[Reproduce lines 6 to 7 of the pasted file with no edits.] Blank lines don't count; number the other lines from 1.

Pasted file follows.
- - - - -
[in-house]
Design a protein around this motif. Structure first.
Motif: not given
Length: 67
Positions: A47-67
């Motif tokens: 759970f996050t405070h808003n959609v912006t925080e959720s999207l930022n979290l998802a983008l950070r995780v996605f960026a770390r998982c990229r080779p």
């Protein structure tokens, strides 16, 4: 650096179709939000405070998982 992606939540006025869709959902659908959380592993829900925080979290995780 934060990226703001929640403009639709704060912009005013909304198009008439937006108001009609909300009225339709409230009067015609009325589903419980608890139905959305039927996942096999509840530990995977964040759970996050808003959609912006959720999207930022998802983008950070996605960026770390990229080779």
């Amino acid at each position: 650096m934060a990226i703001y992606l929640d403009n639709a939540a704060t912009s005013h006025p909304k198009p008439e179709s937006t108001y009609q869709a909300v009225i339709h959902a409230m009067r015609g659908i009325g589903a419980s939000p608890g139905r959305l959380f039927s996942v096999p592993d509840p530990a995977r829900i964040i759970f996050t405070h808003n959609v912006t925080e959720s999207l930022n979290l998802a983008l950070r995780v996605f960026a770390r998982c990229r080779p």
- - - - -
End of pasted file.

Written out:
């Motif tokens: 759970f996050t405070h808003n959609v912006t925080e959720s999207l930022n979290l998802a983008l950070r995780v996605f960026a770390r998982c990229r080779p």
């Protein structure tokens, strides 16, 4: 650096179709939000405070998982 992606939540006025869709959902659908959380592993829900925080979290995780 934060990226703001929640403009639709704060912009005013909304198009008439937006108001009609909300009225339709409230009067015609009325589903419980608890139905959305039927996942096999509840530990995977964040759970996050808003959609912006959720999207930022998802983008950070996605960026770390990229080779």